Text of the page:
Going Pump Free: Volt Owners Go 1,000 Miles Between Fill-Ups

Source: General Motors

Chevrolet Volt owners made fewer trips to the gas station in March, going an average of 30 days – or nearly a month – between fill-ups. In fact, some Volt owners say they are challenging themselves to see how fuel-efficient they can be by tracking how far and how long they can go without buying gasoline.

“Volt owners drove an average of 800 miles between fill-ups since the Volt launched in December, and in March they averaged 1,000 miles,” said Cristi Landy, Volt marketing director.  “When the majority of miles driven are electrically, gas usage decreases significantly.”

“I am surprised how infrequently I go to the gas station. It’s become a game to achieve as many miles as I can in EV mode,” said Steve Wojtanek, a Volt buyer in Boca Raton, Fla. “I have made it my goal to drive as efficiently as possible and I am seeing the results, with more than 3,417 miles under my belt – of which 2,225 are EV miles.”

A Volt owner since December, Wojtanek is averaging 122 miles per gallon and visiting the gas station about once a month.“On April 11, I had to buy gas for the first time since filling up on Jan. 9,said Volt owner Gary Davis of Greenville, S.C. “In my Volt I’ve driven 4,600 miles on 8.4 gallons of gas. That’s an impressive 547 mpg that I am achieving with my Volt.” 

“Today in the U.S., 80 percent of drivers commute fewer than 40 miles a day, making the Chevy Volt a great daily driver,” said Landy. “We’re hearing from customers like Steve Wojtanek and Gary Davis, who are seeing great daily results.”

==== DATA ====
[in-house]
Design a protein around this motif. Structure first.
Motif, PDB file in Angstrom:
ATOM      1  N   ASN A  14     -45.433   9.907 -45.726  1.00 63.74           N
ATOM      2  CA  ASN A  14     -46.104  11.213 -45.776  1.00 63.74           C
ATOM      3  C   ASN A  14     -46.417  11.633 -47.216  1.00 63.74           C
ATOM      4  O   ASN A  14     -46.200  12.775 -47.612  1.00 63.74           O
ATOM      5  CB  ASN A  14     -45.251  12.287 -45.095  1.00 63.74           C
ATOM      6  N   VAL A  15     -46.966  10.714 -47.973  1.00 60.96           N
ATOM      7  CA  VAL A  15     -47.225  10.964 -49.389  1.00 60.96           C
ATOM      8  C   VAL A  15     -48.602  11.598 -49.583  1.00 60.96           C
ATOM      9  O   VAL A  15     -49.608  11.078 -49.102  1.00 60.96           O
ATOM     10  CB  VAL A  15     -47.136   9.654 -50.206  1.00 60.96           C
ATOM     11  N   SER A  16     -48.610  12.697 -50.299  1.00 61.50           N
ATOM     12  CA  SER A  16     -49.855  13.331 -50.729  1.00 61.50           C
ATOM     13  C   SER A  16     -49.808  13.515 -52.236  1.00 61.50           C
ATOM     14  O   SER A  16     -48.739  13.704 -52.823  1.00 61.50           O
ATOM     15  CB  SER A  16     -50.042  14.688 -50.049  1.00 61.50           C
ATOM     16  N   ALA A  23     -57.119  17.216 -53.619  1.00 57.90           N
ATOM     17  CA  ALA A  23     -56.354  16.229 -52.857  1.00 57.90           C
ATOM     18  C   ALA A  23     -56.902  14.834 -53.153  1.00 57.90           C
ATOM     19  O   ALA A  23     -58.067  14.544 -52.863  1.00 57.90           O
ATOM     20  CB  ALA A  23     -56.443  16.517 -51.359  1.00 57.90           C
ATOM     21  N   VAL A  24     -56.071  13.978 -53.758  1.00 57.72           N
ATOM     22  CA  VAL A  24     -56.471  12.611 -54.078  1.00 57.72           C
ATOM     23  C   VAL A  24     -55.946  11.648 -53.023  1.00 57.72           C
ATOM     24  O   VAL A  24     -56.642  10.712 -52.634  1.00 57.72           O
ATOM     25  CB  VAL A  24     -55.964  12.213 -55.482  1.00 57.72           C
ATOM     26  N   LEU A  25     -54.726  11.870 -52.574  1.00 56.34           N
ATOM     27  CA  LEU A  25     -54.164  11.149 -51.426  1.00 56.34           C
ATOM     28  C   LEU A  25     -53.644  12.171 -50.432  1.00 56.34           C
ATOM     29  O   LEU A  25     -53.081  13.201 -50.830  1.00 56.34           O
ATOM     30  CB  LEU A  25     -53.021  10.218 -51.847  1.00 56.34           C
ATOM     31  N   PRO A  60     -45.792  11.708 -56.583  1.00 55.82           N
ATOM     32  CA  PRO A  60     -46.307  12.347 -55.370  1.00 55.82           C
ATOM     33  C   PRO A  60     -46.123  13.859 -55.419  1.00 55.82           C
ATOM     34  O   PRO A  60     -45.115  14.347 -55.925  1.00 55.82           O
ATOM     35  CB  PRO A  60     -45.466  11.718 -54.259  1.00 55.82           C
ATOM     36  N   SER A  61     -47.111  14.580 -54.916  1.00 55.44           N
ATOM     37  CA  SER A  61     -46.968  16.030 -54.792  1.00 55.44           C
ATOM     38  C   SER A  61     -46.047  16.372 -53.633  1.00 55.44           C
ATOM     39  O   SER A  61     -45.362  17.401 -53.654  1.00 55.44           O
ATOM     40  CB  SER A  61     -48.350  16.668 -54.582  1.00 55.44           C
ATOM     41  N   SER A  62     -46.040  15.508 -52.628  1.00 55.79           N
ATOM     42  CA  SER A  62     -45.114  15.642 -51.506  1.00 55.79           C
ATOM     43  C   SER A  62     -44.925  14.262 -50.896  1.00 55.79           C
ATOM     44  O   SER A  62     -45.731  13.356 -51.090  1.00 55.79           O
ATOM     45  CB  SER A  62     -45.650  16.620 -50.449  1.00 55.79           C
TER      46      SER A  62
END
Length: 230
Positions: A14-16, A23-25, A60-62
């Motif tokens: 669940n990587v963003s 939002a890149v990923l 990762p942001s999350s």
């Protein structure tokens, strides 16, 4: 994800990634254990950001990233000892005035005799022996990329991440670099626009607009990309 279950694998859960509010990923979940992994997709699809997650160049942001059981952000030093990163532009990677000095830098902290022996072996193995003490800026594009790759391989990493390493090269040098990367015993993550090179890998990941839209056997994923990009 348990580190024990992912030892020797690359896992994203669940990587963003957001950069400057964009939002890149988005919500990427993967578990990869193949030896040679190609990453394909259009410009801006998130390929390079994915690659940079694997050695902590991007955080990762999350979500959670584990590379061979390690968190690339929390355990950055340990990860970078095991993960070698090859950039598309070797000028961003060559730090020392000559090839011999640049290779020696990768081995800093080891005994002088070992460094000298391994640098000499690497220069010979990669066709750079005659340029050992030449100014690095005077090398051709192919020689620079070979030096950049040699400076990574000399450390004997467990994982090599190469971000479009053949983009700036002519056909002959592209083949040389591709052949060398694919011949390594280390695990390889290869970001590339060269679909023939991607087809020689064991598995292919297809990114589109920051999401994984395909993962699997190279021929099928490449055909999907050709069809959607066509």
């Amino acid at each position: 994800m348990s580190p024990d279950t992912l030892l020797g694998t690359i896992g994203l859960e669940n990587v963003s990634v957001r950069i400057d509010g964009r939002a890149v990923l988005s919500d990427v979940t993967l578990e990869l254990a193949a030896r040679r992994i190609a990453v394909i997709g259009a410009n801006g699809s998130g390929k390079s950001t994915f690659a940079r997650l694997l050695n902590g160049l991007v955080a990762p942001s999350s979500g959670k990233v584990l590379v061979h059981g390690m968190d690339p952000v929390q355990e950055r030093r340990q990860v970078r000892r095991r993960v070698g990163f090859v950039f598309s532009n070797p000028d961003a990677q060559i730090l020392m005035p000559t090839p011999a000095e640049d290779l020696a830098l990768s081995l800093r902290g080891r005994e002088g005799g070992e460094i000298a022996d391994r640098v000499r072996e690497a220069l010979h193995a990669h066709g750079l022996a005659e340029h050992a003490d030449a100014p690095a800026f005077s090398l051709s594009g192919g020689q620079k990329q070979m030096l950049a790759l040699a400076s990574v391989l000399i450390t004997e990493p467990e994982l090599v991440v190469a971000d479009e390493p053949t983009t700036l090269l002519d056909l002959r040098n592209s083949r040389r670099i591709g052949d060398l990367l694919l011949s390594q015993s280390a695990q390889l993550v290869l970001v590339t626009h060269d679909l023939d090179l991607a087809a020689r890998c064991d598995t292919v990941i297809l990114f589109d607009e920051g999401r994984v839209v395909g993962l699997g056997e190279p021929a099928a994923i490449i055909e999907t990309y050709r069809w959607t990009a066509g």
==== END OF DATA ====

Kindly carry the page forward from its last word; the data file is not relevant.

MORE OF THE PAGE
Chevy Volt

The Chevrolet Volt is an electric vehicle with extended-range capability. On a fully charged battery and tank of gas, the Volt has a total driving range of up to 379 miles. Because the Volt can use gasoline to create its own electricity in extended-range mode, long trips are possible. Typical electric driving range is 25-50 miles depending on temperature, terrain, driving technique and battery age. When the Volt’s battery runs low, a gas-powered engine-generator seamlessly engages to extend the driving range until the vehicle can be recharged.

Written by greenlivingguy

The Green Living Guy, Seth Leitman is a green living expert, celebrity and Editor of the McGraw-Hill, TAB Green Guru Guides. Seth is also an Author, Radio Host, Reporter, Writer and a Environmental Consultant on green living. The Green Living Guy writes about green living, green lighting, the green guru guides and more. Seth's books range from: # Build Your Own Electric Vehicle by Bob Brant and Seth Leitman (2nd and 3rd editions) # Build Your Own Plug-in Hybrid Electric Vehicle by Seth Leitman # Build Your Own Electric Motorcycle by Carl Vogel # Green Lighting by Seth Leitman, Brian Clark Howard and Bill Brinsky # Solar Power For Your Home by David Findley # Renewable Energies For Your Home by Russel Gehrke # Do-it-Yourself Home Energy Audits by David Findley # Build Your Own Small Wind Power System by Brian Clark Howard and Kevin Shea # and more green living books to follow.